plans for prioritization in the out-years
    consistent with Agency vision and mission
  • Monitors and assesses Agency material weaknesses
    for the OMC recommends action as appropriate

93
Proposed Responsibilities of the Senior
Assessment Team
  • Reports material weaknesses to OMC for further
    action
  • Tracks progress of Agency-wide corrective action
    resolution
  • Supports OMC and the establishment of an
    integrated set of metrics to measure the Agencys
    progress towards its goals
  • Compiles supporting documentation for the
    Administrators Statement of Assurance from HQ
    Offices and Centers
  • Promotes continuous internal controls evaluation
    and monitors the progress of assessments
    throughout the Agency

94
Previous Governance Structure
Operations Management Council (OMC)
95
New Governance Structure
Operations Management Council (OMC)
96
Justification for Change to Chair of the SAT
  • Under the new governance structure, the Office of
    Program and Institutional Integration (OPII) is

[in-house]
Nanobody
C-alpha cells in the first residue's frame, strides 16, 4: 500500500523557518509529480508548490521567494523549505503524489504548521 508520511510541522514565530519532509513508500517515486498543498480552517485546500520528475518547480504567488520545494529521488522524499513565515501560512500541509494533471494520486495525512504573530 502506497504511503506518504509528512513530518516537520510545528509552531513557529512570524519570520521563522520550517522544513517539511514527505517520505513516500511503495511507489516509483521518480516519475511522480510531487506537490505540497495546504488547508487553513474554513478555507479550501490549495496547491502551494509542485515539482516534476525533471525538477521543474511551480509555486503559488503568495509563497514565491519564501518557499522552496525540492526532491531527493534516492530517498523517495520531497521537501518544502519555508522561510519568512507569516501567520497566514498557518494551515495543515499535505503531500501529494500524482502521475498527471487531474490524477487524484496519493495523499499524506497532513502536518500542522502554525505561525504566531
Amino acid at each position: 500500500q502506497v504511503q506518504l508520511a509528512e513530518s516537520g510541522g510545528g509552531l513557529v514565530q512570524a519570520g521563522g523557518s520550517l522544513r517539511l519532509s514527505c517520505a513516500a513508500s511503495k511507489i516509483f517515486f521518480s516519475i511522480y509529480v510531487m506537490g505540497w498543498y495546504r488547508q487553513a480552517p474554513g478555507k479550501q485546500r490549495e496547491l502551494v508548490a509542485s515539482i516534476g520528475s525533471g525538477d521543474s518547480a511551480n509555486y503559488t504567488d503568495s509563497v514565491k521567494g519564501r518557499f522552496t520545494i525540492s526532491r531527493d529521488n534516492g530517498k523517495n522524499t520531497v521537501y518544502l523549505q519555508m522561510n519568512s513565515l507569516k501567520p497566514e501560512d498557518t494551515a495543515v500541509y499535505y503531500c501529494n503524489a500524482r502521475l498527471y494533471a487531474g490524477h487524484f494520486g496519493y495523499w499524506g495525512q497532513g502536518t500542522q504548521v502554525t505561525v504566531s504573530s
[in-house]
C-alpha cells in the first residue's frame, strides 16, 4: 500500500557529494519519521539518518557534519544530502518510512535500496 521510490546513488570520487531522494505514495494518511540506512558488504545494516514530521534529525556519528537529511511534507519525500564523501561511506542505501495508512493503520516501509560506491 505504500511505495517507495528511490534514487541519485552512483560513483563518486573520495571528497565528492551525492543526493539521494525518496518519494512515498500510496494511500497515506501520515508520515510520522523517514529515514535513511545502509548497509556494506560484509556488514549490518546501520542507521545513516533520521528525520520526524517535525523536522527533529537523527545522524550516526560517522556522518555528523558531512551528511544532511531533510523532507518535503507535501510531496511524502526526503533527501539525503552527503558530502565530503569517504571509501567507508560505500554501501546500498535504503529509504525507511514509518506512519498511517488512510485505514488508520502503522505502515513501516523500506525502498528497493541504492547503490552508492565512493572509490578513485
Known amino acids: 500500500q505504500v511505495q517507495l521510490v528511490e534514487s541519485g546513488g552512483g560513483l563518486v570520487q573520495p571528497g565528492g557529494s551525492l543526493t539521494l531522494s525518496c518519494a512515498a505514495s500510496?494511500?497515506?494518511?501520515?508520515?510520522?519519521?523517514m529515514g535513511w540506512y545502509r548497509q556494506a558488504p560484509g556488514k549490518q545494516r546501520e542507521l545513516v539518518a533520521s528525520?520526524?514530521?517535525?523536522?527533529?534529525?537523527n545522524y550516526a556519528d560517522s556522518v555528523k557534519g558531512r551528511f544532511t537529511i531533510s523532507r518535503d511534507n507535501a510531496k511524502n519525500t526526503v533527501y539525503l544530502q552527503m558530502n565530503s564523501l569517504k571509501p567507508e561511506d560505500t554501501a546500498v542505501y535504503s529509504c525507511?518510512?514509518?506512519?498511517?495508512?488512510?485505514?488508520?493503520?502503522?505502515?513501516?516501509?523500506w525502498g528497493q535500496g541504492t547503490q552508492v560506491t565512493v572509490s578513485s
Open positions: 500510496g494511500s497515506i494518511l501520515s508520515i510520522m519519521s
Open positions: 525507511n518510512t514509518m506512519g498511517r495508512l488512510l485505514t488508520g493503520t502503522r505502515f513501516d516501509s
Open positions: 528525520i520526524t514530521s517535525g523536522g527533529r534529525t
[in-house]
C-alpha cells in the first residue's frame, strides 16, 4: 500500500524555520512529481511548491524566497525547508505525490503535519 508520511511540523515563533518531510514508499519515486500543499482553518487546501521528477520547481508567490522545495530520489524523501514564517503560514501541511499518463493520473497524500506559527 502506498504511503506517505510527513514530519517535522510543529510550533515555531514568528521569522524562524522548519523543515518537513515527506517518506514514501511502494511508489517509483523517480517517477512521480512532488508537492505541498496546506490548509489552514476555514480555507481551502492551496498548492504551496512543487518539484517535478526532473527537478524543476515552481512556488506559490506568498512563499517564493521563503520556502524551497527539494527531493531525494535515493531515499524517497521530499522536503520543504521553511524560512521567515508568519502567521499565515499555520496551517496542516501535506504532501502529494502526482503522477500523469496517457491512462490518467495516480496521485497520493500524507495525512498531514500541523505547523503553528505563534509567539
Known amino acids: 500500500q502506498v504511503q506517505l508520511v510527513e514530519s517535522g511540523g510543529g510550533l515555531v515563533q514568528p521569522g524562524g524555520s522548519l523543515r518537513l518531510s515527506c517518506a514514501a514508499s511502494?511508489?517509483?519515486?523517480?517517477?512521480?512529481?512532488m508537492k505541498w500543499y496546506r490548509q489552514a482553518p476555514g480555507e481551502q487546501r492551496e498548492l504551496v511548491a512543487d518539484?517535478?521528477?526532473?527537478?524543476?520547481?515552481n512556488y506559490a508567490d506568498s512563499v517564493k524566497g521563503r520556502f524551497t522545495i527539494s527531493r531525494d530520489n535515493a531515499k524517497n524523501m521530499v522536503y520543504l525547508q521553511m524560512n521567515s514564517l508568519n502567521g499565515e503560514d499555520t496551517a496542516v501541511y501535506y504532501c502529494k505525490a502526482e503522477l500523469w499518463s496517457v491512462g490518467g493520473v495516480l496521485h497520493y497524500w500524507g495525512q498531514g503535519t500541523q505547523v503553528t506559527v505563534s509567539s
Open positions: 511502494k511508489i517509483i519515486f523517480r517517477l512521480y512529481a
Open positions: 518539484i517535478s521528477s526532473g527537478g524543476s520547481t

the manager of Agency-level integration of
    programmatic and institutional functions and
    activities, and is best positioned to recognize
    internal management control deficiencies across
    programmatic, institutional, and financial
    entities
  • The SAT will enhance the OPII role as focal point
    for programmatic requirements and as the
    integrator of functional policy requirements by
    providing current information on the state of
    internal management controls to meet those
    requirements across the Agency

97
Justification for Change to Chair of the SAT
  • The OPII, as SAT Chair, is best positioned to
    coordinate the development of an Integrated
    Internal Control Plan and determine appropriate
    assessable units for review and analysis
  • The OPII as SAT Chair, is best positioned to
    identify internal control deficiencies within the